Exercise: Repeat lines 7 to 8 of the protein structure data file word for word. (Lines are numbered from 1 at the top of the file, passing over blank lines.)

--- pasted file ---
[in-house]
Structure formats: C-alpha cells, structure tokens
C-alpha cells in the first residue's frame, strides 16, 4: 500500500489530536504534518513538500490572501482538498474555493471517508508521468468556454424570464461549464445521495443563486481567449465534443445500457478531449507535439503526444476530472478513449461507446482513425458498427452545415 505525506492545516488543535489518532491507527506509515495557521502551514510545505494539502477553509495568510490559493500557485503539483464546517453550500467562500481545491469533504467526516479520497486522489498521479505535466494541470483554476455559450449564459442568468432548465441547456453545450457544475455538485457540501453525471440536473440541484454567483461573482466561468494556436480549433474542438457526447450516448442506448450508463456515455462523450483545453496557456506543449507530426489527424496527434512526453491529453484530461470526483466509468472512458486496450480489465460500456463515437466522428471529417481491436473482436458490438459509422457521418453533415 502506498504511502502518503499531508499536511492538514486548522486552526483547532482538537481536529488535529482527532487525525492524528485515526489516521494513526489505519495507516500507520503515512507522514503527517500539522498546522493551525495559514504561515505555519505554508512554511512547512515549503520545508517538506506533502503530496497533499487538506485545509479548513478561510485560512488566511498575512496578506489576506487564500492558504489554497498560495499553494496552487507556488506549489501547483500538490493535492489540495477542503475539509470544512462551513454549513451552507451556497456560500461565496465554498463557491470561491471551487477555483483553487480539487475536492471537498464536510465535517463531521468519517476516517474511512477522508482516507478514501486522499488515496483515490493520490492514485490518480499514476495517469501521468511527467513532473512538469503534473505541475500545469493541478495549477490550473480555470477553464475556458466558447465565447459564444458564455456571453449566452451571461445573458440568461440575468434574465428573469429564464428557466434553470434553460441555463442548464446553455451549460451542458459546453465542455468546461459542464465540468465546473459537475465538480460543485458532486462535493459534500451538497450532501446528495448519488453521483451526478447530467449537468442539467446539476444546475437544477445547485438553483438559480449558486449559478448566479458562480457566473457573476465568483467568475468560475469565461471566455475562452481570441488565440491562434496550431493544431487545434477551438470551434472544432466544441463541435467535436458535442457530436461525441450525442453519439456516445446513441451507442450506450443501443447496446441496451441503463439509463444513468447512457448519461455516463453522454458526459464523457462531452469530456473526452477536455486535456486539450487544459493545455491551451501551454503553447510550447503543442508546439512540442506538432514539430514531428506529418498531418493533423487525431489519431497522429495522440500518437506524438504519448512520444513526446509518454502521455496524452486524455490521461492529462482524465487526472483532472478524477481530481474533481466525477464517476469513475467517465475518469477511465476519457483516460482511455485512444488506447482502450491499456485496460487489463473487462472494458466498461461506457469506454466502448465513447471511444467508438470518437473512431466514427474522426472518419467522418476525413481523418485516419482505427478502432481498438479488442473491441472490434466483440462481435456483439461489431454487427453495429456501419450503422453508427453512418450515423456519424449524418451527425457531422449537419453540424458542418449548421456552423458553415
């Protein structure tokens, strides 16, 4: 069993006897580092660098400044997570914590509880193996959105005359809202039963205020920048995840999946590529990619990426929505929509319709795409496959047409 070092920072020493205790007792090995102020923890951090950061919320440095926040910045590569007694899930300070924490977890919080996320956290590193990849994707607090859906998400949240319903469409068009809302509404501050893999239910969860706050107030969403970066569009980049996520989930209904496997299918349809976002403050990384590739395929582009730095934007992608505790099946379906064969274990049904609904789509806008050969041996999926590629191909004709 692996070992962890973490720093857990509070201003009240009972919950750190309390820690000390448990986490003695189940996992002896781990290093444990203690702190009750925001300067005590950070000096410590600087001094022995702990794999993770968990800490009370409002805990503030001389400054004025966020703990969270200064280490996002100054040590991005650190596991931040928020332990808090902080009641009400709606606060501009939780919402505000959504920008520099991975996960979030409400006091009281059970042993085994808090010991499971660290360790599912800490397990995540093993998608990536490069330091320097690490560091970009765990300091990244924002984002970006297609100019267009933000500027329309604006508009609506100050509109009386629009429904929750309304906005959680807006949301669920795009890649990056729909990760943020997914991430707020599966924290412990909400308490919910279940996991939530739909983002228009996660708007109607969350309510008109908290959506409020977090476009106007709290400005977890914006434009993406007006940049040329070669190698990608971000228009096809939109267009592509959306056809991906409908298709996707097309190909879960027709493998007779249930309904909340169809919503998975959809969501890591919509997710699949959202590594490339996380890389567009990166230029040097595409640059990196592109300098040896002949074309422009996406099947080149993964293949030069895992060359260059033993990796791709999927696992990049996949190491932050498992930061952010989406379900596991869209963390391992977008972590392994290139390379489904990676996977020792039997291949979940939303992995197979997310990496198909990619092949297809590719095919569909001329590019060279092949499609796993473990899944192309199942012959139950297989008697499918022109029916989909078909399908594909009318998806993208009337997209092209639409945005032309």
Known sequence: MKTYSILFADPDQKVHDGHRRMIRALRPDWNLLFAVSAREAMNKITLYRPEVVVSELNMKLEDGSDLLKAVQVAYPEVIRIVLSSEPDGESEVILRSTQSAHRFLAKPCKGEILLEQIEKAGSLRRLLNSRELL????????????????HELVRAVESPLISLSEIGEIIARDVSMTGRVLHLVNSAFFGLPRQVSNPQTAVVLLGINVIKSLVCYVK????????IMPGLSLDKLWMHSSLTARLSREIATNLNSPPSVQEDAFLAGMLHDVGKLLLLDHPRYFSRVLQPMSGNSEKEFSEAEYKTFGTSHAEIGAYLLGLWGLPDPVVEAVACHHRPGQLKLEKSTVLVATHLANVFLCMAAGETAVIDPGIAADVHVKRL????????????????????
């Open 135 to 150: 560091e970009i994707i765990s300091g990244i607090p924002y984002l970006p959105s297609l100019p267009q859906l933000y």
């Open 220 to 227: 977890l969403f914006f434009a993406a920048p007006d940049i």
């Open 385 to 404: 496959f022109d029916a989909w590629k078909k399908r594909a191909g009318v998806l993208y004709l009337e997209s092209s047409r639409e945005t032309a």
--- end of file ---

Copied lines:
């Open 220 to 227: 977890l969403f914006f434009a993406a920048p007006d940049i």
């Open 385 to 404: 496959f022109d029916a989909w590629k078909k399908r594909a191909g009318v998806l993208y004709l009337e997209s092209s047409r639409e945005t032309a």